New development: NCLT’s power to direct forensic examination of documents

Posted On - 8 February, 2023 • By - Renjith Nair


The provisions regarding ‘oppression and mismanagement’[i] in companies under the Companies Act, 2013 (Companies Act) are an integral part of the corporate governance structure in India. Where the affairs of the company are being conducted in a manner where the rights of some shareholders are being adversely affected or there is serious or continuous mismanagement of the affairs of the company, then the aggrieved shareholder may approach the National Company Law Tribunal (NCLT) to seek reliefs. The NCLT has very wide powers under the Companies Act to pass any order as it may deem fit to bring an end to the matters complained of.

A highly debated topic has been whether the NCLT can hear and decide on allegations of fraud, forgery, fabrication of documents in a case of oppression and mismanagement. In P.L.G. Manu and Another v. Shashi Distilleries P. Ltd. and Others, the Karnataka High Court held that relief against the allegation of forgery and fabrication of documents cannot be considered by company courts such as NCLT[ii]. However, in B.K. Seetharamaiah v. Associated Oxides (P.) Ltd. and Other, the Karnataka High Court upheld the order of the company court that held that the transfer of shares based on forged transfer forms is a nullity.

In this background, the National Company Law Appellate Tribunal (NCLAT) in the case of Channel Foods Pvt. Ltd. v. A.K. Nowshad (Channel Foods) has clarified that the NCLT has powers to direct forensic examination of a disputed document alleging forgery of signature before hearing the main petition of oppression and mismanagement. In the present article, we discuss the NCLAT’s order.

Facts of the case

Mr. A.K. Nowshad (Shareholder No.1) and Mr. A. K. Mansoor, (Shareholder No.2) were the only shareholders of Channel Foods Pvt. Ltd. (Company). In March 2018, Shareholder No.1 filed a petition in NCLT alleging oppression and mismanagement by Shareholder No.2. As Shareholder No.1 had apprehension that his signatures appended to the financial statements of the Company and a power of attorney were forged, he filed an application for forensic investigation of his signatures on these disputed documents.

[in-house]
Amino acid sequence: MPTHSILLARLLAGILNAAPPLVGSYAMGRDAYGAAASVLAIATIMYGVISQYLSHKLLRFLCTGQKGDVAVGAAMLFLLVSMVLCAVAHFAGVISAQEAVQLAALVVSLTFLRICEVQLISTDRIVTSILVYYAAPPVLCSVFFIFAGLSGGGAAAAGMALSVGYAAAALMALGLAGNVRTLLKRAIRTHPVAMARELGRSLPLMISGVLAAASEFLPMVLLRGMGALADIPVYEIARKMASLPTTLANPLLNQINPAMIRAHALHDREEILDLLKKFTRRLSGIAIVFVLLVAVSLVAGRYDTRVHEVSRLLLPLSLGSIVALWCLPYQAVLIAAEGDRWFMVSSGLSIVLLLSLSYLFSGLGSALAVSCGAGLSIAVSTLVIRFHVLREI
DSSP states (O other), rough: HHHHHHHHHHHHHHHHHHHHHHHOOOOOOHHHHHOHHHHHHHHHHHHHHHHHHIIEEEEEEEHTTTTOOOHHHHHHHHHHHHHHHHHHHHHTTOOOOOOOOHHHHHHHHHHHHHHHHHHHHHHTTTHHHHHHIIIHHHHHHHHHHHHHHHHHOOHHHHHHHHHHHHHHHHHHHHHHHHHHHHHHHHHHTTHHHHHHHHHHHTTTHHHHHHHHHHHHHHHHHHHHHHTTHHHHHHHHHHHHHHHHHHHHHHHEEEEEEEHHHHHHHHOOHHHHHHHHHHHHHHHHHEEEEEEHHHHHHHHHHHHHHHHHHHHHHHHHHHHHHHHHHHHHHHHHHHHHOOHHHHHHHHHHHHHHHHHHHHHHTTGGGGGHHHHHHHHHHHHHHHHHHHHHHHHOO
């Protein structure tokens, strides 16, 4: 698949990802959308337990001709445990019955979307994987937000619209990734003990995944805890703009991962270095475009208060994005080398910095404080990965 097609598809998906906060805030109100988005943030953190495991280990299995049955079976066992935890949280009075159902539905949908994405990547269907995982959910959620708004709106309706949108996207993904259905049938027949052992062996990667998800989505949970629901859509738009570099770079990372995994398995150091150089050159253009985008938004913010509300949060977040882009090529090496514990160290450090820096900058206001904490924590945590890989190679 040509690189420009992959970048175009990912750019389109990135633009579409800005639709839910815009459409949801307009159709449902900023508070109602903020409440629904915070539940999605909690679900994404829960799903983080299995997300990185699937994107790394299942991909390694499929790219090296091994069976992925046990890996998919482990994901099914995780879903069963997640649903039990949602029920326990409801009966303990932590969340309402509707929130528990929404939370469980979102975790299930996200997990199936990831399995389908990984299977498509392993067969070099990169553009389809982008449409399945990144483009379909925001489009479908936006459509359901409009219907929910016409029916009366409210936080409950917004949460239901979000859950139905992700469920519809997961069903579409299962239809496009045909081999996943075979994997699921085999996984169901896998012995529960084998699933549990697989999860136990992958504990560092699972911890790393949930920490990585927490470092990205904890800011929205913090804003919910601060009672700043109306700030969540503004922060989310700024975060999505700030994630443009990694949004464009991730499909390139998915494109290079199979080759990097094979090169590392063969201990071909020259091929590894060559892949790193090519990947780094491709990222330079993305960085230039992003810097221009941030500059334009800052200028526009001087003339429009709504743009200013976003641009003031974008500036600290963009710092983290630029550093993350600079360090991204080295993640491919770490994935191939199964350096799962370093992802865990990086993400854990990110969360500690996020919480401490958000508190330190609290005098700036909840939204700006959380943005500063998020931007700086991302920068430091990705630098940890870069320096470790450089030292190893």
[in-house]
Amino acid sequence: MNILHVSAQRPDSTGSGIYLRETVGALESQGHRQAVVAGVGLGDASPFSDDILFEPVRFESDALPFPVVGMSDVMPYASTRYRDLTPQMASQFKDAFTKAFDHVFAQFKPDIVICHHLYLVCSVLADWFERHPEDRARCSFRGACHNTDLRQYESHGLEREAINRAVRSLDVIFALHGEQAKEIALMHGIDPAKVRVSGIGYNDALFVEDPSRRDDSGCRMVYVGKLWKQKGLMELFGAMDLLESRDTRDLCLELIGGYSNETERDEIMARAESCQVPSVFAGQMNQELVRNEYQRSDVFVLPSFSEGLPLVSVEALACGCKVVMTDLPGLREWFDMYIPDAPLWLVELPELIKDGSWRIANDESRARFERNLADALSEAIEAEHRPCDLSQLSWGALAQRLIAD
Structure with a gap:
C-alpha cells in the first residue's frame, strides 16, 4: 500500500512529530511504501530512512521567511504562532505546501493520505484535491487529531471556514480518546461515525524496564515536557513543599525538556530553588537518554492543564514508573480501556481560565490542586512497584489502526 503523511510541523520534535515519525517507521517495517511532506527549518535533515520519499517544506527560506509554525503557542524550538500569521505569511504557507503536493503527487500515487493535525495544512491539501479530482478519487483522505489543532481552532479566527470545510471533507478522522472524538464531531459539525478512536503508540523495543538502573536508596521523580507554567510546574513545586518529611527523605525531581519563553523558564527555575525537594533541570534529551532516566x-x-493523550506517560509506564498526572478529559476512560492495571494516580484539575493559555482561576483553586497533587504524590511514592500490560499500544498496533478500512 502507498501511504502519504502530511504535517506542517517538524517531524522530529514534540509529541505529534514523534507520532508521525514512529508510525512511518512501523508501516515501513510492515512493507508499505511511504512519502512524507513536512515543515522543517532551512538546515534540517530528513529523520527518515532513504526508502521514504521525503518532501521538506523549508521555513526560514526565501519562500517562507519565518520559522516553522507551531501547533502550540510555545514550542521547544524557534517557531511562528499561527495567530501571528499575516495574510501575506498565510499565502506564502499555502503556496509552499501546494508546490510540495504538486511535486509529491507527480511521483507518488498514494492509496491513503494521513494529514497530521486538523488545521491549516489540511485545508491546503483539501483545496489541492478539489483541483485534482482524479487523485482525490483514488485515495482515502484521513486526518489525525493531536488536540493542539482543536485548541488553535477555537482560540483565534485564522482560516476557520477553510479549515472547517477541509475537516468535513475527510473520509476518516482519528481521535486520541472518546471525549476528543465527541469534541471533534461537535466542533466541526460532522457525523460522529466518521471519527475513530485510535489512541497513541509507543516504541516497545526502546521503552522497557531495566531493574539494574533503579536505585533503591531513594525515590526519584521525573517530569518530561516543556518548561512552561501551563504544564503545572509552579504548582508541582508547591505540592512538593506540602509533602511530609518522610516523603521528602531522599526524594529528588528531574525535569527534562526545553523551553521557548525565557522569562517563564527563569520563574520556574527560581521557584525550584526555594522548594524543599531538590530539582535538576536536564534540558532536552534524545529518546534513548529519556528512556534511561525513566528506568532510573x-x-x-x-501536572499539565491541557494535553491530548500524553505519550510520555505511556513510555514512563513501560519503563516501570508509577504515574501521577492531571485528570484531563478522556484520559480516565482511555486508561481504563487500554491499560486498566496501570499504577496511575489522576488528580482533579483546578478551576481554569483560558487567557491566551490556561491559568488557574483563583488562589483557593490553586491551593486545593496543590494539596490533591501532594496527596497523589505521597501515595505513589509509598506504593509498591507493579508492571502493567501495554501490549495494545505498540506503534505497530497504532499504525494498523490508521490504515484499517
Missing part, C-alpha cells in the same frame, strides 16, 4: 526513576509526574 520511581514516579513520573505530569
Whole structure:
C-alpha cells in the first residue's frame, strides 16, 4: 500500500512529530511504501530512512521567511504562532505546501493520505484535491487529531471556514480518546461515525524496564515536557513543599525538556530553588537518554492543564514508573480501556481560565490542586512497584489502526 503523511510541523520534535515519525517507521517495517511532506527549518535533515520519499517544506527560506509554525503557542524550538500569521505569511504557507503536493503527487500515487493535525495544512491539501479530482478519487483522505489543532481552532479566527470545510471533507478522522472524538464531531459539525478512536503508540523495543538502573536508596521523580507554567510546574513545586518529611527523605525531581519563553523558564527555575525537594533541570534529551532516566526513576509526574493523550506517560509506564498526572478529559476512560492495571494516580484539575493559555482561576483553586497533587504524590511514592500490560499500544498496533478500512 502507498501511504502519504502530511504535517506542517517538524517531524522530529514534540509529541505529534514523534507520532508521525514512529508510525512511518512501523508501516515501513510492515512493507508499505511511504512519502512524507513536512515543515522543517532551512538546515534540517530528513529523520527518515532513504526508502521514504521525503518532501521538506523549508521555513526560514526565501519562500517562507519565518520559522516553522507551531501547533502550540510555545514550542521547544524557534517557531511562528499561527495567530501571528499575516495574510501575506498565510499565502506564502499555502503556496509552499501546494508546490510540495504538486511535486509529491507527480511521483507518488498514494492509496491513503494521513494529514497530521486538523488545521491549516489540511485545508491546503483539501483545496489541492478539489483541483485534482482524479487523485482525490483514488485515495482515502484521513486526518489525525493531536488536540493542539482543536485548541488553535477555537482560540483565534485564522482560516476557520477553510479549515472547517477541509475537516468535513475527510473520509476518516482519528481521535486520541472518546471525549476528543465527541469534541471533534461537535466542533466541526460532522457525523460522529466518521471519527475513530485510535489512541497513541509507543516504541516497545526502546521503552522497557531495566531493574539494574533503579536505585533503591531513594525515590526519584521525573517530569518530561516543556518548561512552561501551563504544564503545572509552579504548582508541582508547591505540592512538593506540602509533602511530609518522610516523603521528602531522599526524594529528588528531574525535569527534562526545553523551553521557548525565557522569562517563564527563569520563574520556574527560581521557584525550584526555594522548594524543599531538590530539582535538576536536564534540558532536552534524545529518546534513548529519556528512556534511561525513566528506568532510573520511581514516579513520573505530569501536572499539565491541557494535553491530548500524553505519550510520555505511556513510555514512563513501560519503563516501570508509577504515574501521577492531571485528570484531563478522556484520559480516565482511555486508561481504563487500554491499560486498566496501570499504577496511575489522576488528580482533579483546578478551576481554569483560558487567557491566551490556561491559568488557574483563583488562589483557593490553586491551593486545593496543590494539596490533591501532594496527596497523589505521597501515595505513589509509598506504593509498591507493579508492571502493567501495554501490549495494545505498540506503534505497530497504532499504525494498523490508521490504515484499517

The NCLT allowed the application filed by Shareholder No.1 directing that the above documents be sent to the Central Forensic Science Laboratory at the cost of Shareholder No.1. The main petition was to be heard after receipt of the forensic report. The NCLT’s order was challenged by Shareholder No. 2 before the NCLAT on grounds that NCLT could not have directed forensic examination of the signatures.

NCLAT unequivocally held that the NCLT has very wide powers under the Companies Act[iii] and the NCLT Rules, 2016[iv] to enquire into the allegation of oppression and mismanagement and sending disputed documents for forensic investigation is also part of this enquiry. NCLT noted that forgery was pleaded by Shareholder No.1. Shareholder No.2 had also confirmed to the variance in Shareholder No.1’s signatures appended to the disputed documents, and therefore it was a fit case to have a forensic examination of the signatures. NCLAT further held that in the present case, the forensic examination was only a fact-finding study necessary to determine certain facts of the case, the cost of which was to be borne by Shareholder No.1. As the main petition was to be heard and decided only after receipt of the forensic report, the NCLAT found that the NCLT’s order does not affect the rights of Shareholder No.2 in the main petition in any way. Therefore, NCLAT dismissed the appeal and upheld the NCLT’s order.

Our thoughts

The Companies Act and the NCLT Rules, 2016 empowers the NCLT to pass such orders as it deems fit to bring an end to the misconduct complained of. Therefore, the NCLT’s power to grant reliefs is extremely wide. In the present case, it was vital for the NCLT to order forensic examination in order to decide the truth behind the allegations of oppression and mismanagement along with forgery.

The authors are of the view that there should not be a complete ouster of jurisdiction of NCLT where the petition involves a question of fraud and forgery. Rather, the NCLT should use its discretionary powers to determine whether the dispute involves allegations of forgery and fabrication of records, which could only be resolved after cross-examination of witnesses and investigation. If yes, then the parties should be relegated to a civil court. However, where the dispute requires only a prima facie investigation on the authenticity of the documents and can be adjudicated on the written averments of the parties, then such cases should be decided by the NCLT. Otherwise, every case which involves an allegation of forgery will be sent to the civil courts, thereby delaying the outcome of the matter. Therefore, the authors are of the view that the Channel Foods judgment is a step in the right direction.

Authors: Renjith Nair and Altamash Qureshi

The information contained in this document is not legal advice or legal opinion. The contents recorded in the said document are for informational purposes only and should not be used for commercial purposes. Acuity Law LLP disclaims all liability to any person for any loss or damage caused by errors or omissions, whether arising from negligence, accident, or any other cause.

[i] Section 241 to 246 of the Companies Act

[ii] A similar view was also taken by Indian Courts / Tribunals in Devi Engineering and Constructions Pvt. Ltd. v. Sidhvi Infrastructures Projects Ltd. and Ganesh Bindal v. Harmandeep Singh

[iii] Section 424 of Companies Act

[iv] Rule 43 of NCLT Rules, 2016